Mouth Breathing and Tongue Posture Q/A
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Table of Contents:
What are tongue posture and mouth breathing?
How can tongue posture and mouth breathing alter your face shape?
What are tongue-tie releases for adults and children?
What are the benefits of tongue-tie releases?
How can posture and forward head posture relate to your tongue and mouth breathing?
Tongue posture is the term used to define the position of the tongue when the mouth is at a place of rest. The at-rest position is when the mouth isn’t performing a function like chewing or talking. Proper placement of the tongue while at rest makes for proper facial development and unobstructed breathing.
Tongue posture is important because it can dictate how the face forms. How the face forms will dictate how the teeth will sit in the face. If the tongue rests on the roof of the mouth, the mouth will be properly closed. This will allow the teeth to have the room they need to grow in with plenty of room.
If the tongue sits off of the roof of the mouth when at rest, the mouth tends to hang open. This drags the face downward. When the tongue is not on the roof of the mouth and this leaves less room for the teeth and causes them to crowd.
Mouth breathing also has an impact on the development of facial features. Mouth breathing in children impacts jaw development and facial structure. If a child continues to breathe through the mouth, the jaw will tend backward and compromise the airway and ability to breathe properly.
When breathing through your mouth, the muscles in your cheeks have to work harder and become tighter. When these muscles tighten, a force is placed on the upper and lower jaw. This can cause a narrowing of the face and dental arches. Having a narrower face can mean that the mouth has less room for the tongue and the teeth.
This pushes the tongue posture to a position where the tongue is resting off of the roof of the mouth. This allows the tongue to slip back into the airway, making it more difficult to breathe. The tongue dropping down can change the structure of the mid-face region. Children who breathe more often develop long and narrow faces with a less prominent jaw and retracted chin.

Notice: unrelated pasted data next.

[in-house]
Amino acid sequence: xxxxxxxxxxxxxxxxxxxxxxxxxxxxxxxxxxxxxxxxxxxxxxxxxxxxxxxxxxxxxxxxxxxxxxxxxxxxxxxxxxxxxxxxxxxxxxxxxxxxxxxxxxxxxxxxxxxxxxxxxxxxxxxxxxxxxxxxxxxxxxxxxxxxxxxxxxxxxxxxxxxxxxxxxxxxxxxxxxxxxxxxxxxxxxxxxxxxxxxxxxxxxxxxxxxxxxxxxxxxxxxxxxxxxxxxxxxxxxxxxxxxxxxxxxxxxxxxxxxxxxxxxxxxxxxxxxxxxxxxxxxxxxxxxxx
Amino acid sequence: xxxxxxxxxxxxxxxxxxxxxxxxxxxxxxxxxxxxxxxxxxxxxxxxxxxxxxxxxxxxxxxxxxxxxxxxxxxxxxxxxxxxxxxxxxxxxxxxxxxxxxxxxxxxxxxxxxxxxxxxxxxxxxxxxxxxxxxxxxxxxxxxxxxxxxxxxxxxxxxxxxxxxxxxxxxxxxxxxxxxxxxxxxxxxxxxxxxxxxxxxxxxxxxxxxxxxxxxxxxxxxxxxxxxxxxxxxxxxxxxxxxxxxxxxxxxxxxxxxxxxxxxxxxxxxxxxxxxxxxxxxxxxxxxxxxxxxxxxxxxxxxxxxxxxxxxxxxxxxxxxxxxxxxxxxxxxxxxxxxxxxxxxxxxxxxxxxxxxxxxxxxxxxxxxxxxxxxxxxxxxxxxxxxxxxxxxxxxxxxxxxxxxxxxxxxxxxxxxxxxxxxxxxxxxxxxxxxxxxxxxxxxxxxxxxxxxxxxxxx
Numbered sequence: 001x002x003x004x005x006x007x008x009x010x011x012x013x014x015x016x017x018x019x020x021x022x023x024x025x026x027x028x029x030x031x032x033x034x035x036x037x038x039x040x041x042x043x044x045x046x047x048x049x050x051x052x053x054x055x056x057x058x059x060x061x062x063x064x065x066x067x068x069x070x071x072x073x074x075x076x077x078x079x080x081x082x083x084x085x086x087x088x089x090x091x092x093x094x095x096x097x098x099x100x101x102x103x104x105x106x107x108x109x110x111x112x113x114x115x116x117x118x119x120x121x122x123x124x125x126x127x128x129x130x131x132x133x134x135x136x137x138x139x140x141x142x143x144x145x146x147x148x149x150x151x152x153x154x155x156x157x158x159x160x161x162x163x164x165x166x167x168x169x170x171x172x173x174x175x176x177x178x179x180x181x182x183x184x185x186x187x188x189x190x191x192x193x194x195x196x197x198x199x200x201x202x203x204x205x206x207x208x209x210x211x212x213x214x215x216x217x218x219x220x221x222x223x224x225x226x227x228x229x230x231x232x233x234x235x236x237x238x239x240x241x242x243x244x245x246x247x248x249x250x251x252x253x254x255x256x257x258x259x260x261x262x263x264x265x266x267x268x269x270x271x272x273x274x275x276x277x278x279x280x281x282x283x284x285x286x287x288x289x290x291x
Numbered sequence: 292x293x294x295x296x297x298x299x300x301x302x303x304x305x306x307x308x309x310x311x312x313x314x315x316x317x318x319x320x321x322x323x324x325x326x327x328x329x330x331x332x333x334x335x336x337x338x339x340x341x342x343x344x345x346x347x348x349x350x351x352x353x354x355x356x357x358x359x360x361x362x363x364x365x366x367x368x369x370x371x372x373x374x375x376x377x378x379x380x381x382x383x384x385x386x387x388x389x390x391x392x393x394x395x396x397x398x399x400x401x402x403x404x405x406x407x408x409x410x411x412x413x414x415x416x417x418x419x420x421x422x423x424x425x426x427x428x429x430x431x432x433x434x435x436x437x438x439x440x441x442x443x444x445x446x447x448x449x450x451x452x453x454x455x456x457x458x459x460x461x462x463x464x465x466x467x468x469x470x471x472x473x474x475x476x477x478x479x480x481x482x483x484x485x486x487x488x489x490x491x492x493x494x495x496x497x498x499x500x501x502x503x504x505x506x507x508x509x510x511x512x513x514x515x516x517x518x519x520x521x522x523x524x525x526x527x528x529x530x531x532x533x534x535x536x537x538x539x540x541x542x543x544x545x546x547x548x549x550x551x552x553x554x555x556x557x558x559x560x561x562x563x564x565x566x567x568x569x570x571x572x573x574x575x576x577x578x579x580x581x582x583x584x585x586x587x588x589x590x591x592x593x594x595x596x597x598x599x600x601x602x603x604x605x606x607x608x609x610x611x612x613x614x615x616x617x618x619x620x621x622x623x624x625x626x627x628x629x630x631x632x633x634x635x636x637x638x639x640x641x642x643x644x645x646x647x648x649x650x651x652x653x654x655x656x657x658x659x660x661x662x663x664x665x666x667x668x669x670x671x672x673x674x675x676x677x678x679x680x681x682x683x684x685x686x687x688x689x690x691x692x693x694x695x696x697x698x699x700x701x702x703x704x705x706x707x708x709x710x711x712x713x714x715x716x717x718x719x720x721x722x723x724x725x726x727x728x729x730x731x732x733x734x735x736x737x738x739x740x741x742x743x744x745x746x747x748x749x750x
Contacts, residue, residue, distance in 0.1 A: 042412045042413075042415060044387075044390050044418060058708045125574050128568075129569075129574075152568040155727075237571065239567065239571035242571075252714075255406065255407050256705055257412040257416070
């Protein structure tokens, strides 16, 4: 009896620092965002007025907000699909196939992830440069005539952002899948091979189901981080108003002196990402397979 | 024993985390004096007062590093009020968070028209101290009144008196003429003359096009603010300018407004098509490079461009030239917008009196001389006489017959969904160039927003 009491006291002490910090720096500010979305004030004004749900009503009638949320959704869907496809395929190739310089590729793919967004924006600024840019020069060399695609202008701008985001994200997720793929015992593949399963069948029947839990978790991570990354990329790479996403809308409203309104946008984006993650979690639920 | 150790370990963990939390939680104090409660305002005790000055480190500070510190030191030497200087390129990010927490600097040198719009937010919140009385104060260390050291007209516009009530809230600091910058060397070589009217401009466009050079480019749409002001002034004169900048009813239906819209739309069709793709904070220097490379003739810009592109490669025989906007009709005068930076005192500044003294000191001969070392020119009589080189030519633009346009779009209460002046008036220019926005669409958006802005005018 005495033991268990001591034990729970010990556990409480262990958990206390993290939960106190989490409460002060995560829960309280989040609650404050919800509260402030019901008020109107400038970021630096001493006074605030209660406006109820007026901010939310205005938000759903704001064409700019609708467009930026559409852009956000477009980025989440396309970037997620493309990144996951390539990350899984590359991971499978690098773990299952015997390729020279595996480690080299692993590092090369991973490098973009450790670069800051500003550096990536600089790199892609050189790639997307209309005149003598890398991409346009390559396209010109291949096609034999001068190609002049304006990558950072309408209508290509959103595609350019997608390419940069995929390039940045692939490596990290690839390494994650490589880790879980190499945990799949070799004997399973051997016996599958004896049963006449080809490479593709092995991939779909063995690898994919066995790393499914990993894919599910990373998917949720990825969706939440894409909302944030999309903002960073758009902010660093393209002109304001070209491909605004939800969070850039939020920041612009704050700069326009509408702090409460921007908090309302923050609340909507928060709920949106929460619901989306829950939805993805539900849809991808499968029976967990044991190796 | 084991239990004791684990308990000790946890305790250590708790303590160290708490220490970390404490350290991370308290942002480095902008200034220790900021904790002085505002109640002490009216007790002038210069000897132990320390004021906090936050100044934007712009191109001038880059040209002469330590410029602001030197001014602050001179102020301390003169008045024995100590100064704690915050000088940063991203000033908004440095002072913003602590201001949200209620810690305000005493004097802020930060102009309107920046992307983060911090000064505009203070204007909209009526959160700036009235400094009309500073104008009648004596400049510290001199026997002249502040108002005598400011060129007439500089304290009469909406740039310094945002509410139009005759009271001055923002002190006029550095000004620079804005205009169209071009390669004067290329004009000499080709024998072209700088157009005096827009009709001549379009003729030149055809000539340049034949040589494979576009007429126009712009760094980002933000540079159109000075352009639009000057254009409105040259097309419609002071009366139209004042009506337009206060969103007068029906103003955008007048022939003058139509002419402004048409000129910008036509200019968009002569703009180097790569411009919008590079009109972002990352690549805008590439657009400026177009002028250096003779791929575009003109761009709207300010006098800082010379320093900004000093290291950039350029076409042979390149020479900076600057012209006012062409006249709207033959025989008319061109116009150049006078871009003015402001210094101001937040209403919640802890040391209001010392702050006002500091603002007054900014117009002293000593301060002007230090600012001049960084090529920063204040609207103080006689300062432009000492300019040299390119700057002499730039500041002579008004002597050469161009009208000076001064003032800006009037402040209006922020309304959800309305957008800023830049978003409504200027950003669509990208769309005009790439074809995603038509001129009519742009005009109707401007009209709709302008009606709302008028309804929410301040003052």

Tongue-tie is a condition where the tongue has a limited ability to move in the mouth. Sometimes surgery may be needed to correct this issue. There are two types of procedures that can be done for this, frenotomy or frenuloplasty.
Frenotomy is a simple procedure that can be done with or without anesthesia. This means that it can be done at a doctor’s office. The doctor will snip the portion under the tongue, called a frenulum. The procedure is quick and there is little discomfort because there are few blood vessels and nerves in the frenulum.
Frenuloplasty is a little more complicated and might be needed if additional repair is required or the frenulum is thick. This procedure is done under general anesthesia. After the frenulum is released, the incision will require sutures.
Getting a tongue-tie release makes it easier for the tongue to move around in the mouth. It makes it easier to speak and allows the tongue to move more smoothly. It releases tension in the face, allowing it to relax. The tongue-tie release will allow for much easier breathing and can improve oral health.
Forward head posture is something many people struggle with. A quick look at a crowd of people and you will see a number of posture issues.
The tongue is such an important part of the structure of the mouth and airway. This means that it also is a part of the structure of the head and neck. The tongue needs to have a proper posture, resting against the roof of the mouth for the face to develop well and for ease of breathing. If it does not do this, it can impact the posture of the head as the head will move forward to try to open the airway.
Allure Dental Center can help address these issues. Catching them early can make facial development easier and may prevent other issues from developing later in life. If you would like to find out more, please contact the wonderful staff and they will be glad to help you. We serve patients from Mountain View CA, Sunnyvale CA, Los Altos CA, Stanford CA, Menlo Park CA, Atherton CA, Loyola CA, Cupertino CA, Palo Alto CA, Redwood City CA, and surrounding Bay Area Cities.